This is a hypothetical attack, since the actor must try every possible key existing in the "space" (the maximum length of a key) to break the encryption. For instance, if an algorithm has 256-bits keys, the number of possible keys should be 2256 or, on a decimal base, almost 1276 combinations. Unlike the general concept, the main problem related to this attack is not only the necessary computational power, but the energy cost spent on this process versus the actual value of the information to be recovered. And we are not talking about only the energy spend by processors and memory, but all the thermodynamics involved in that hefty data processing.

Interestingly, note that today, attackers have many resources at their disposal to make this attack simpler (and cheaper): from cloud-based clustered GPUs to small powerful and cheaper computers that consume little power or even custom FPGA chips to work specifically with some mathematics, greatly optimizing both computational power and power consumption. But it is essential to say that, even today, professional and military algorithms resist this onslaught because of the cost (and time) required to fill the key space.

But one question remains: for how long this barrier will persist? And this question leads us to others:

- Is the NSA (and other military or government structures) incapable of doing this work?

- What about quantum computing, a computational resource that will compromise any asymmetric key based on prime or curve numbers in a very short time?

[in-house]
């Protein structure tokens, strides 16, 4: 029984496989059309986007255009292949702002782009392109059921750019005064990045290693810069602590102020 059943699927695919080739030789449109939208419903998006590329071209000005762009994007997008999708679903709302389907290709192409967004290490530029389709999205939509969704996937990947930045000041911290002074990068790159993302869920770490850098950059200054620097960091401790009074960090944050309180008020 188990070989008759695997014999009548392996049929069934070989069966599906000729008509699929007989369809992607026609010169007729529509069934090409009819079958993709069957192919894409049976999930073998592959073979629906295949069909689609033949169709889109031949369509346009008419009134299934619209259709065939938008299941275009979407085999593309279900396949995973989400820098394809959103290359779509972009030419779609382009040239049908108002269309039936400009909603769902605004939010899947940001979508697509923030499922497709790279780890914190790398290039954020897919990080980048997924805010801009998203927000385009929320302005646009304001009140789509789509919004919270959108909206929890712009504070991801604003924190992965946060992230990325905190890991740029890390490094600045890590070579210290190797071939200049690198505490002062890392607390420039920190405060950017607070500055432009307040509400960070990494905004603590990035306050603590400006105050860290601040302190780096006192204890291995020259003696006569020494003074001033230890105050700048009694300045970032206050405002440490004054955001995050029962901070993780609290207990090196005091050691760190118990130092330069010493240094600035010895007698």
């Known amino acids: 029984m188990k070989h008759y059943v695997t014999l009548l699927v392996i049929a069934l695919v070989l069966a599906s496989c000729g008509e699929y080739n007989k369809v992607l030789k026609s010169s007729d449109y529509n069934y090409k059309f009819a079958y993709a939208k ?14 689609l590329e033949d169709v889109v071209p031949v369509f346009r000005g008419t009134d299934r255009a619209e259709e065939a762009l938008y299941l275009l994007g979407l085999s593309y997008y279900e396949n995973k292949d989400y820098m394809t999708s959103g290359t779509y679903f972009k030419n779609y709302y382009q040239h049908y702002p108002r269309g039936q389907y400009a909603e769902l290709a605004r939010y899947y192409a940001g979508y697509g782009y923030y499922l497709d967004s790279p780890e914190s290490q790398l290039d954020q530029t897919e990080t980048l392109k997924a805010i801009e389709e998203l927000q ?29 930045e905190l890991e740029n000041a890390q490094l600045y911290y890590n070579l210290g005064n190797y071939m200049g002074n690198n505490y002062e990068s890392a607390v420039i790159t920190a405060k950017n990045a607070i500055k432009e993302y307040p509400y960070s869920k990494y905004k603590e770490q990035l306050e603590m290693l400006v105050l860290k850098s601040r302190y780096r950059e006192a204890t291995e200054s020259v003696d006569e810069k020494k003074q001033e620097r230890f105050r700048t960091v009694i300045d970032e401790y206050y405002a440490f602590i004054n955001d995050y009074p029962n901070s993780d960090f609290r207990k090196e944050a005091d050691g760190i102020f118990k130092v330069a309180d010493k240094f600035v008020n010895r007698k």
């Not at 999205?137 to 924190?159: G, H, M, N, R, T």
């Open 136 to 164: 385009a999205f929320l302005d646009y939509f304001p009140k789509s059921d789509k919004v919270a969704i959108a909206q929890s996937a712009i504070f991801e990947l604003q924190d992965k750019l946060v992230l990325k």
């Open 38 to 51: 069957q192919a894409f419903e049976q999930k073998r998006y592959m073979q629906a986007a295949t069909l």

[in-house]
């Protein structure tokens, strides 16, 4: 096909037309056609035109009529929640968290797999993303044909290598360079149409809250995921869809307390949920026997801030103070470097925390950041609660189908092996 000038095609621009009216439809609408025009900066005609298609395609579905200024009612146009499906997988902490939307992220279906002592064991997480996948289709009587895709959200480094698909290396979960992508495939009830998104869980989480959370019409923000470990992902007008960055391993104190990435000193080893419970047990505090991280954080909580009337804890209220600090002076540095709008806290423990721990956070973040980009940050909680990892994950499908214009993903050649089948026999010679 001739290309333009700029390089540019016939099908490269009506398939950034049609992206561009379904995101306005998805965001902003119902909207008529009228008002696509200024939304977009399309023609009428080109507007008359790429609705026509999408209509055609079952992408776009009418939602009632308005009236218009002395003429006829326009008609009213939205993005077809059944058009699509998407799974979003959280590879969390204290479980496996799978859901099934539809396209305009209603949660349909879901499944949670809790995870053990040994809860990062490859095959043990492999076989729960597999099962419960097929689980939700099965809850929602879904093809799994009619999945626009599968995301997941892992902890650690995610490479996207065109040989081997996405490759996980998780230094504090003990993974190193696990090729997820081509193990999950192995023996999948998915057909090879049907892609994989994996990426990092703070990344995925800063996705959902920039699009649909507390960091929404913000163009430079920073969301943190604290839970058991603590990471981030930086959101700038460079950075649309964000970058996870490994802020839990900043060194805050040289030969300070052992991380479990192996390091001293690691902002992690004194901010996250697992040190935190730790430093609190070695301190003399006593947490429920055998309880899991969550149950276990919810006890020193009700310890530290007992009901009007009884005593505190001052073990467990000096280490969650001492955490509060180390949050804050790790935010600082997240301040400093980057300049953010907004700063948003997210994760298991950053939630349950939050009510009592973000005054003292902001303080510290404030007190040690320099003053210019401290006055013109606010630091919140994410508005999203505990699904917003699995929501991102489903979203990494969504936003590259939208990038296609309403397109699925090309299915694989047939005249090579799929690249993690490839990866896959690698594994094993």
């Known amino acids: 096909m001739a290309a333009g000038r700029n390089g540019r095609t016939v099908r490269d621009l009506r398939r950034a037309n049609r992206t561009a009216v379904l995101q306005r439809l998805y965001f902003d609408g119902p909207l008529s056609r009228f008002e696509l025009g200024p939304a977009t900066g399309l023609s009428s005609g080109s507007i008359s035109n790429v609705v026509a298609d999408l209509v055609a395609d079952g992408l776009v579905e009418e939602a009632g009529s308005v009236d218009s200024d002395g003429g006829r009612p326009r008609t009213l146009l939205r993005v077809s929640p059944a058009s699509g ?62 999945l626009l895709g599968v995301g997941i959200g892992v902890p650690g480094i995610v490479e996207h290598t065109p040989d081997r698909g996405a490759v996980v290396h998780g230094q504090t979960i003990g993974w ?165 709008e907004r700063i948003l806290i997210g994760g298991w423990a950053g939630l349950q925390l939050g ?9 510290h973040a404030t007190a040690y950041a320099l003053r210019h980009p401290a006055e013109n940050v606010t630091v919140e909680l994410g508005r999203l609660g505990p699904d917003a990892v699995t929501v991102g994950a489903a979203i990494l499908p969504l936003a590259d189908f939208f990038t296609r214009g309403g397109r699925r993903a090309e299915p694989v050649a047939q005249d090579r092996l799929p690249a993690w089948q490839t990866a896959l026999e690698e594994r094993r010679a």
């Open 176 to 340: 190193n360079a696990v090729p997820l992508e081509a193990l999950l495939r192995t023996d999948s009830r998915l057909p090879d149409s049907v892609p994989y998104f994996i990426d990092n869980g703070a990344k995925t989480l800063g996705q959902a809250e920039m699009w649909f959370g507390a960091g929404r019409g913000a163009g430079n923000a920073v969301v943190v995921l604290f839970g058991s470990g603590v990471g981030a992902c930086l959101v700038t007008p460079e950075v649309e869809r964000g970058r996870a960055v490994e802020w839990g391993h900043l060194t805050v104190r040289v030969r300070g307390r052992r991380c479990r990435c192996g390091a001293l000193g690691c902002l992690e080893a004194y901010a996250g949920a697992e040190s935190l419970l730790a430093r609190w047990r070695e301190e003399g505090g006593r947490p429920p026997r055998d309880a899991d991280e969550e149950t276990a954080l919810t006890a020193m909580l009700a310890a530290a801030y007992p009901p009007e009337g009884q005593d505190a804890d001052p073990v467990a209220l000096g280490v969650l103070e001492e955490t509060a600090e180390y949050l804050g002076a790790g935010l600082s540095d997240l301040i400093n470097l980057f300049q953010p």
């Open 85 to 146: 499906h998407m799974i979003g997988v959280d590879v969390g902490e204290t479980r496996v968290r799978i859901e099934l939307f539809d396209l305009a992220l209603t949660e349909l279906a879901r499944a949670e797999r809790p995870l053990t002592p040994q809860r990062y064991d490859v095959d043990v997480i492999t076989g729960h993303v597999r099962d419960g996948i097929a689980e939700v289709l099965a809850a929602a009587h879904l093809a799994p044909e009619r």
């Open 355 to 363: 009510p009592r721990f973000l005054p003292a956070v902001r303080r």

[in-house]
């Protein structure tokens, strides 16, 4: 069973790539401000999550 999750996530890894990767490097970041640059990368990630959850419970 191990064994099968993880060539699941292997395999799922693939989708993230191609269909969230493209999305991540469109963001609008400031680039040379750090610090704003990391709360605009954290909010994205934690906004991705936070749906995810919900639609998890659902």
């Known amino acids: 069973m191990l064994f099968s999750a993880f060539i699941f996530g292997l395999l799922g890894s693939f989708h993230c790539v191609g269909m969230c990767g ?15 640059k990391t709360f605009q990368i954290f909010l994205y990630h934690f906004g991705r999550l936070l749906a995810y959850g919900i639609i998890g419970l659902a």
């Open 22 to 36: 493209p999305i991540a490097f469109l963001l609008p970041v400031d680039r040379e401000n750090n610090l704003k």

So, it would be interesting for an algorithm to consider these risks and be ready to resist them - and nowadays, we have already seen some "quantum-resistant" algorithms being implemented for encryption purposes (but still not entirely to the key exchange).

Considering these questions, OBAKE-512 was developed using a quantum-resistant scheme based on huge symmetric keys and variable P-Box/S-Box. Also, like most secret algorithms (like those used in military communication to submarines and jet fighters), we prefer to keep our algorithm hidden from the general public, adding another layer of security to any attacker or cryptanalyst.*

Regarding to our keys, we utilize six varying from 32 to 65535 bits, in different round schemes and having one-time random ones. Remember: each key space exponentials the previous keys spaces, so if considering an hipotethic 6 keys of 32 bits, we would have 232*32*32*32*32*32 or 2 1.073.741.824 , an virtual infine number - try yourself to calculate it!

These procedures makes any bruthe-force attack completely impractical.

This type of attack on the OBAKE application and the OBAKE-512 algorithm is mostly impractical.

* If necessary, our code can be audited by any volume-based client (above 1000 licenses), using a confident third-party elected by both companies (ours and yours) with the total cost under the client's exclusive responsibility and subjected to specific rules as described on specific NDA to be signed for all involved parties.